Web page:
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The legislature recognizes that Indian tribes are sovereign nations and the relationship between the state and the tribe is sovereign-to-sovereign.
The federal government acknowledged the importance of including Indian tribes in child support systems established by the federal government and the states. The personal responsibility and work opportunity reconciliation act of 1996, P.L. 104-193, provides Indian tribes the option of developing their own tribal plan and tribal child support enforcement program to receive funds directly from the federal government for their own Title IV-D program similar to that of other states. The act also expressly authorizes the states and Indian tribe or tribal organization to enter into cooperative agreements to provide for the delivery of child support enforcement services.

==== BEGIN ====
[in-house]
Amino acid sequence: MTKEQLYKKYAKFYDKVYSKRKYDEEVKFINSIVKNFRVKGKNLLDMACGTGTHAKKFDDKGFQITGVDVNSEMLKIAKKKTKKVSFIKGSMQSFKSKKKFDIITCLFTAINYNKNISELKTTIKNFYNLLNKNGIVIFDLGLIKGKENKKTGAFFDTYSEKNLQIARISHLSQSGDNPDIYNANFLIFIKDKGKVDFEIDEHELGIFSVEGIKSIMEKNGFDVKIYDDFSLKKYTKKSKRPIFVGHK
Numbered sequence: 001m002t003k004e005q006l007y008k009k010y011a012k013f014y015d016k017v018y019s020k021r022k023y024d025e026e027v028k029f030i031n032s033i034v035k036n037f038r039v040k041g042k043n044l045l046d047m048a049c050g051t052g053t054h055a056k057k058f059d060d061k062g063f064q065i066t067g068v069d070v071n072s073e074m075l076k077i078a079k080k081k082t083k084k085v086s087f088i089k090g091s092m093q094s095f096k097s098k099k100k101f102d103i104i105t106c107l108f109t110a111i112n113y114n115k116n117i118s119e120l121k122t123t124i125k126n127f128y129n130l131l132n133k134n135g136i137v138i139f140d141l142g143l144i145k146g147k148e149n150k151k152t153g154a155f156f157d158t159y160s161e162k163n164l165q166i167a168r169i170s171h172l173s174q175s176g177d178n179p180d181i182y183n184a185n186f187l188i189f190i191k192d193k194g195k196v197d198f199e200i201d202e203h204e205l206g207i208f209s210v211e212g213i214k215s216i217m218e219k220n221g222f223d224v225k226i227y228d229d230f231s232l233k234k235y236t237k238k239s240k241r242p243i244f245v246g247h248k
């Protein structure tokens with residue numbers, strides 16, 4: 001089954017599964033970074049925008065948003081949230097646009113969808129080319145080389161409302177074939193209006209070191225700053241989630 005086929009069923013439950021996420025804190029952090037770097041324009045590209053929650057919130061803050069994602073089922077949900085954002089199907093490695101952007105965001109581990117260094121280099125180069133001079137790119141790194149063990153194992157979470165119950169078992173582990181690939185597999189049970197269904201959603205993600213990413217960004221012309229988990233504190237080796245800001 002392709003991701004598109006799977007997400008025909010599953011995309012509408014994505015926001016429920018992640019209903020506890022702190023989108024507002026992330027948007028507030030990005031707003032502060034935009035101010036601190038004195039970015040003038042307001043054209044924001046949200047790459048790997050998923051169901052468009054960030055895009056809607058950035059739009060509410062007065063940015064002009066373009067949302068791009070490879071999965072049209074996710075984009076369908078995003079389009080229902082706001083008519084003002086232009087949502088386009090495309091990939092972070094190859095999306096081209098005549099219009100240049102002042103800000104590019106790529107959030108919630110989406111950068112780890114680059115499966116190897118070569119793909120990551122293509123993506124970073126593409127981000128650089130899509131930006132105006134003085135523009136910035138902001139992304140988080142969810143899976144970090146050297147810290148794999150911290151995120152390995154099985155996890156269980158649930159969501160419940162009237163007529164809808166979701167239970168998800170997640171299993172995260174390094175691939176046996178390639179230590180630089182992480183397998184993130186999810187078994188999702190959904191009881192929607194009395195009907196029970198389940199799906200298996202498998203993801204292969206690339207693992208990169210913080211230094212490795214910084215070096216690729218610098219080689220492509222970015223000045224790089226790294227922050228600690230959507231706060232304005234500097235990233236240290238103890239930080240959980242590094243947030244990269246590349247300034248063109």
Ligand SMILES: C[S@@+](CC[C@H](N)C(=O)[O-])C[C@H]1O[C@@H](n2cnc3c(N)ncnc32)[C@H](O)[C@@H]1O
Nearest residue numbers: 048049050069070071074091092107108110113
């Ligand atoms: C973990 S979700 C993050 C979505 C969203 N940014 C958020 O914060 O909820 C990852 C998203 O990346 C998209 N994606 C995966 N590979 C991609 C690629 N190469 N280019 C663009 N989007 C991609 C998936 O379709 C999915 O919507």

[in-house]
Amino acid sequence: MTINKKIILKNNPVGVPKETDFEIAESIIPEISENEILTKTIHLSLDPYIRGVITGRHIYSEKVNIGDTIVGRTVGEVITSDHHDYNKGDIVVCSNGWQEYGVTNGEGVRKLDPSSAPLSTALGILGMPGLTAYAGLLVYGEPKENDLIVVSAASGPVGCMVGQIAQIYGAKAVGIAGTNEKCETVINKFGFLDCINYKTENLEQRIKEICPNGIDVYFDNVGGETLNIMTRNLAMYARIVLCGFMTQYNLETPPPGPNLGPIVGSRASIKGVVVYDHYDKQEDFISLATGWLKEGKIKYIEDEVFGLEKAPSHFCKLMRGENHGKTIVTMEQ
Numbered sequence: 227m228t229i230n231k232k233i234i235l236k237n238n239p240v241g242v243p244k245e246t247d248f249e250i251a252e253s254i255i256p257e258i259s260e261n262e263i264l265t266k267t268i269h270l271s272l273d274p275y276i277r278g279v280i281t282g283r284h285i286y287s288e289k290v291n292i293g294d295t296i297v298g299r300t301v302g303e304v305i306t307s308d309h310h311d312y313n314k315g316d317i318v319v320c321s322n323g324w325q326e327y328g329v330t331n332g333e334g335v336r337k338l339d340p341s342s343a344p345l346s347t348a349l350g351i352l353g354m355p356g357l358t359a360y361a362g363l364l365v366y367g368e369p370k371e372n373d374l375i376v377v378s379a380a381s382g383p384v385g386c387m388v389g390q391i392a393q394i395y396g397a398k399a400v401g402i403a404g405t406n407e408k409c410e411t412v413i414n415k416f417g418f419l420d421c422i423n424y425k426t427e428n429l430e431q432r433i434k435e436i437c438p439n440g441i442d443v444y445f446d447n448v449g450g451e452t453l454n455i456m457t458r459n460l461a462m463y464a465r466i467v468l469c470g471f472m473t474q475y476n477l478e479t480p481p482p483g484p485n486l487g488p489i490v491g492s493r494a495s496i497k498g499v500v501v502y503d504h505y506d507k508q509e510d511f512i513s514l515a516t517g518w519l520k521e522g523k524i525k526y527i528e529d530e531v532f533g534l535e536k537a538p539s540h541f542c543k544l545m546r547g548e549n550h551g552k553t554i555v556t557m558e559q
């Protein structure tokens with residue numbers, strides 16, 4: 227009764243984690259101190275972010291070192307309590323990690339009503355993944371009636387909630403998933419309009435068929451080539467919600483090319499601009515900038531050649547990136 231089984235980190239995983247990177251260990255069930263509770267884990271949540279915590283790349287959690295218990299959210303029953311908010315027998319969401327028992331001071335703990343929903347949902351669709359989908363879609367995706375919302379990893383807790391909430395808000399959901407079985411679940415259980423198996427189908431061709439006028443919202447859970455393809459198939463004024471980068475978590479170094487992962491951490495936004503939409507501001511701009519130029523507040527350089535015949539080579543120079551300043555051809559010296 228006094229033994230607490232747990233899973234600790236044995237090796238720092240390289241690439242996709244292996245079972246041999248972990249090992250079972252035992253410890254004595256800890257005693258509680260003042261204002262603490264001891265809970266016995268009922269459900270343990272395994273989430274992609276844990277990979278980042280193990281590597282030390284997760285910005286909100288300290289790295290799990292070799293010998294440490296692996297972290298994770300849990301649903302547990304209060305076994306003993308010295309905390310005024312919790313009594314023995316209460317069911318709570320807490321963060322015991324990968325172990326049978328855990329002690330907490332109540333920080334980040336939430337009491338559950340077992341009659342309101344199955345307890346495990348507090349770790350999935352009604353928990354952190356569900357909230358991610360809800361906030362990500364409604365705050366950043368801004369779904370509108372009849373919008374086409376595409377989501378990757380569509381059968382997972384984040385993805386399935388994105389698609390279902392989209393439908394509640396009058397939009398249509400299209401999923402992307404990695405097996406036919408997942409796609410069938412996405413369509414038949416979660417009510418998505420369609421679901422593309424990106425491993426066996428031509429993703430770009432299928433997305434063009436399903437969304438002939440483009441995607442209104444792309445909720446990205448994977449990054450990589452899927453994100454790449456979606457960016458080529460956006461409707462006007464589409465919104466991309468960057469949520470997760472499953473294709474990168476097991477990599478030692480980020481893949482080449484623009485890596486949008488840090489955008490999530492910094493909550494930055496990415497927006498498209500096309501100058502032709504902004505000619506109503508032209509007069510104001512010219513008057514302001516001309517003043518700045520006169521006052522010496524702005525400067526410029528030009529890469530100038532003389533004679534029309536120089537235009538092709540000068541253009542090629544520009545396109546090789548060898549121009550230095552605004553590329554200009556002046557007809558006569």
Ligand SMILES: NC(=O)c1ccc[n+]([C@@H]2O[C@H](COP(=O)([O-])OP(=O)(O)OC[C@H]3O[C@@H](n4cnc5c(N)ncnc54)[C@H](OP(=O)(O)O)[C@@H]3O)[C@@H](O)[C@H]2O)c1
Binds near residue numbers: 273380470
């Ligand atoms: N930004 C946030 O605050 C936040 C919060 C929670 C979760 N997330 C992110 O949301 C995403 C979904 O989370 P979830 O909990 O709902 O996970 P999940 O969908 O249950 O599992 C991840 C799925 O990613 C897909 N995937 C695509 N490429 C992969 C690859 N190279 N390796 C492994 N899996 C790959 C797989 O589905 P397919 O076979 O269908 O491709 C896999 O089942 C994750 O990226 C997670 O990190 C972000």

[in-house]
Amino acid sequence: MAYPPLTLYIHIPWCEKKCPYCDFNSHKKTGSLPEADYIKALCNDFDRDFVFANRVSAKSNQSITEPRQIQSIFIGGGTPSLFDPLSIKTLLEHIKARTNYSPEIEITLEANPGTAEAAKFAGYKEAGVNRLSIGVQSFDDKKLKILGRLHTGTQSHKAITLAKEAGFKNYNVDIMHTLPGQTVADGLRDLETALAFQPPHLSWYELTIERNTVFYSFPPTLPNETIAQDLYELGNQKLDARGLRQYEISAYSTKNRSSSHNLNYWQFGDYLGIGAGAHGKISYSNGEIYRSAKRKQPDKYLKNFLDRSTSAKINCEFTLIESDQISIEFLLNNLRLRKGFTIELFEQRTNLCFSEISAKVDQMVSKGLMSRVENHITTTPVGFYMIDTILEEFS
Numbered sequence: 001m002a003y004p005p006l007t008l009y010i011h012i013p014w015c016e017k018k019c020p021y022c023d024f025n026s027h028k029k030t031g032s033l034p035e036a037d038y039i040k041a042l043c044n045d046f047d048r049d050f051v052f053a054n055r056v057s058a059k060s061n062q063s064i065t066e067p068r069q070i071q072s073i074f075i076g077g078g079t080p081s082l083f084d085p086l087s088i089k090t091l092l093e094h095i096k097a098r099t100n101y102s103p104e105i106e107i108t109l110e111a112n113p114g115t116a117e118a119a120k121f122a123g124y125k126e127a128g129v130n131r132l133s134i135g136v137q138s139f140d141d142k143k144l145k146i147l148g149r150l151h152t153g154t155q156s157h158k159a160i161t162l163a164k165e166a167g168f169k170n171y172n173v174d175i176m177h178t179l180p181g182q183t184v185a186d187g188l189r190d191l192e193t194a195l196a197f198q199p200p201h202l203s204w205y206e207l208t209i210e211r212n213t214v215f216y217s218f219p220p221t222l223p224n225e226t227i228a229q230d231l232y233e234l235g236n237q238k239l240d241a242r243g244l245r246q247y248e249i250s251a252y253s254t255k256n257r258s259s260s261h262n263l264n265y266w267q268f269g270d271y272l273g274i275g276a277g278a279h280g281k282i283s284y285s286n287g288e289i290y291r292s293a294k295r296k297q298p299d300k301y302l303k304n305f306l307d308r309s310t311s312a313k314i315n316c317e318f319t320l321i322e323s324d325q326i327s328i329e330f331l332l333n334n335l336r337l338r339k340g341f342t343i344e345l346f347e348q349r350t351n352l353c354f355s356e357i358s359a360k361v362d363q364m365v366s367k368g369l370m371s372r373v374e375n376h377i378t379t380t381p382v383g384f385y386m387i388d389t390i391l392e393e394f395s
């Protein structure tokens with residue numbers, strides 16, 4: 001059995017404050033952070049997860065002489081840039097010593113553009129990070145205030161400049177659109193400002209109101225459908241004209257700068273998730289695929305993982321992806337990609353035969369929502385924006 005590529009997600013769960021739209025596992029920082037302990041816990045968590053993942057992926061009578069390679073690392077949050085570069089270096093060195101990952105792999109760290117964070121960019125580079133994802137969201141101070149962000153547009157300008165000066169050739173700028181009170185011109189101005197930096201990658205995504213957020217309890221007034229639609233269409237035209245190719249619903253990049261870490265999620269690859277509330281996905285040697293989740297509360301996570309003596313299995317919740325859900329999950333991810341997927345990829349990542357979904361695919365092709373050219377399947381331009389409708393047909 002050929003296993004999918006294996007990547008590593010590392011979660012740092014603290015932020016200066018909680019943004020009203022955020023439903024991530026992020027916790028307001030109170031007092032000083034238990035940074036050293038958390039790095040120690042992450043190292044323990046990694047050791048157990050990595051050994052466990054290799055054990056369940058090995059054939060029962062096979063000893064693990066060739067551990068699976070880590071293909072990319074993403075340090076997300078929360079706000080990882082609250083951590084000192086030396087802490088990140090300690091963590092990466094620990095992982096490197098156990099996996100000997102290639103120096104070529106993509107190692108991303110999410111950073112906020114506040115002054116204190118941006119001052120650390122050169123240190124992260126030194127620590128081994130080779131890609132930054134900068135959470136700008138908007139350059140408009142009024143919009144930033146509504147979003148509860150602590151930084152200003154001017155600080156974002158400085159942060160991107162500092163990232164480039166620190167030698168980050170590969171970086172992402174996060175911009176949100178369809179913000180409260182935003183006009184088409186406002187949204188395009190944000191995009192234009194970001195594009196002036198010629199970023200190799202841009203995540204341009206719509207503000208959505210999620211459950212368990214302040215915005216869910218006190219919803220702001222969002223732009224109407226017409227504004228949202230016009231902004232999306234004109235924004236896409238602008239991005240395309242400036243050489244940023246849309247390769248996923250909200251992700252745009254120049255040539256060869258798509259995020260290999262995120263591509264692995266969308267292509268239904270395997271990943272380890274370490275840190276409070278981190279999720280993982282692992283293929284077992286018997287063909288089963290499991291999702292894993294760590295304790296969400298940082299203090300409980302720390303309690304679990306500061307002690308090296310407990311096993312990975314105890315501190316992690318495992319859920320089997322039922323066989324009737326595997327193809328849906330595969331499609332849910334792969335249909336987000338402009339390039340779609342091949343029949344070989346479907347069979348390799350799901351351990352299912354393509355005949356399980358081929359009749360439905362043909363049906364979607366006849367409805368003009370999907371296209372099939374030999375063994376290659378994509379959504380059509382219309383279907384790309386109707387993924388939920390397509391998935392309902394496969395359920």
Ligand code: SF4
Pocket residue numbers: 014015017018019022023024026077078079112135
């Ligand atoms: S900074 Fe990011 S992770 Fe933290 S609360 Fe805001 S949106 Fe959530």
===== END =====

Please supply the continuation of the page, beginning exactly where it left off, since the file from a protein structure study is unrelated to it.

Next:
It is the purpose of this chapter to encourage the department of social and health services, division of child support, and the Indian tribes within the state's borders to enter into cooperative agreements that will assist the state and tribal governments in carrying out their respective responsibilities. The legislature recognizes that the state and the tribes each possess resources that are sometimes distinct to that government. The legislature intends that the state and the tribes work together to make the most efficient and productive use of all resources and authorities.
Cooperative agreements will enable the state and the tribes to better provide child support services to Indian children and to establish and enforce child support obligations, orders, and judgments. Under cooperative agreements, the state and the tribes can work as partners to provide culturally relevant child support services, consistent with state and federal laws, that are based on tribal laws and customs. The legislature recognizes that the preferred method for handling cases where all or some of the parties are enrolled tribal members living on the tribal reservation is to develop an agreement so that appropriate cases are referred to the tribe to be processed in the tribal court. The legislature recognizes that cooperative agreements serve the best interests of the children.
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